These were published internally as an on-line database. This database also had all the other reliability data relating to e.g., PRVs, ESD valves, fire and gas detectors, deluge valves, etc. These were used for RCM studies, Quantitative Risk Analysis, etc.
Maintainers are generally very good at collecting data. We use sophisticated CMMS to record the history, using failure and repair codes to speed up analysis. We also collect calibration data from tests on protective instrument loops, relief valve bench tests, trip tests, etc. Do we use this vast pile of data effectively?
We can compute important site-specific failure data that we can use to adjust our maintenance strategies to improve safety levels and cost performance. There are hurdles to cross, but these are within our reach.
Using our own data is better than using published data from others. Knowing the MTBFs, we can reset the test frequencies logically (see pages 163 to 172 in Reference i).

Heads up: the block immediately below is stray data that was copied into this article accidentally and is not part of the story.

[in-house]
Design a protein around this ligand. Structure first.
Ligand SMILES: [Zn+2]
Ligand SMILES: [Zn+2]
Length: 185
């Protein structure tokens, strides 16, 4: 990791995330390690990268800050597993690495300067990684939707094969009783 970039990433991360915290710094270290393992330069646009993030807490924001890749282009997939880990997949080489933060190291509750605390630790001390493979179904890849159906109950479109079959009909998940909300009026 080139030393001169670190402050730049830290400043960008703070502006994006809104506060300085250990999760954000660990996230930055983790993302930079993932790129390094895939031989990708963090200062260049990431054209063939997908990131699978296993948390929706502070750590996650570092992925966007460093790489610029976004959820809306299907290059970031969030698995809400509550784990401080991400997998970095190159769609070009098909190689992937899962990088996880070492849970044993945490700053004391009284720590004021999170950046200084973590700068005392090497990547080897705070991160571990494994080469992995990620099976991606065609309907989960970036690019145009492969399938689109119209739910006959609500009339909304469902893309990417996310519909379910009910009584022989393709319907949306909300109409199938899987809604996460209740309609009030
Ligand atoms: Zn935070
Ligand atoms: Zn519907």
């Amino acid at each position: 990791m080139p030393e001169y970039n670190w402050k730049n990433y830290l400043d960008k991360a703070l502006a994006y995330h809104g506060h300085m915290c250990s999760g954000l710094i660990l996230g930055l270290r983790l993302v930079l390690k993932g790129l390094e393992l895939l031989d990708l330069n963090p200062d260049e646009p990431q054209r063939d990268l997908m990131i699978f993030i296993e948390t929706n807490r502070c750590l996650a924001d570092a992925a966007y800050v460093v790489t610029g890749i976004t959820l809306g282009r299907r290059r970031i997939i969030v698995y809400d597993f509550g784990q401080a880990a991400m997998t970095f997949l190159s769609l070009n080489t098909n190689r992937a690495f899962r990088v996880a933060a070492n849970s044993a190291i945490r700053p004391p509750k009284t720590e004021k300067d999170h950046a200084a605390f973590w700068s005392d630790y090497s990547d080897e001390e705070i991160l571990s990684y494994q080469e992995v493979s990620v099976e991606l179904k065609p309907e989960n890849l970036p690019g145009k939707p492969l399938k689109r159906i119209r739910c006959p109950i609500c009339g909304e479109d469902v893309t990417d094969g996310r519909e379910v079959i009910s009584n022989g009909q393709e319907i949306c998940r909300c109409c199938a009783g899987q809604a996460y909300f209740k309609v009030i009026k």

Degradation depends on the original design and build-quality as well as the way we operate and maintain the equipment. Hence the operational reliability of seemingly identical equipment varies from plant to plant. Maintenance strategies should be based on the physical degradation mechanism, the rate at which it occurs, and the consequence of failure. This policy will help minimize operational risks—to safety, environment, and profitability.
The rate of degradation can be defined accurately with reliability parameters. In order to be meaningful, one should as far as possible compute these parameters using one's own operating context. The use of generic databases is sometimes necessary, but we must be conscious of the possible sources of error.
i. Narayan, V. 2004. Effective Maintenance Management: Risk and Reliability, Strategies for Optimizing Performance. New York:
Industrial Press. ISBN 0-8311-3178-0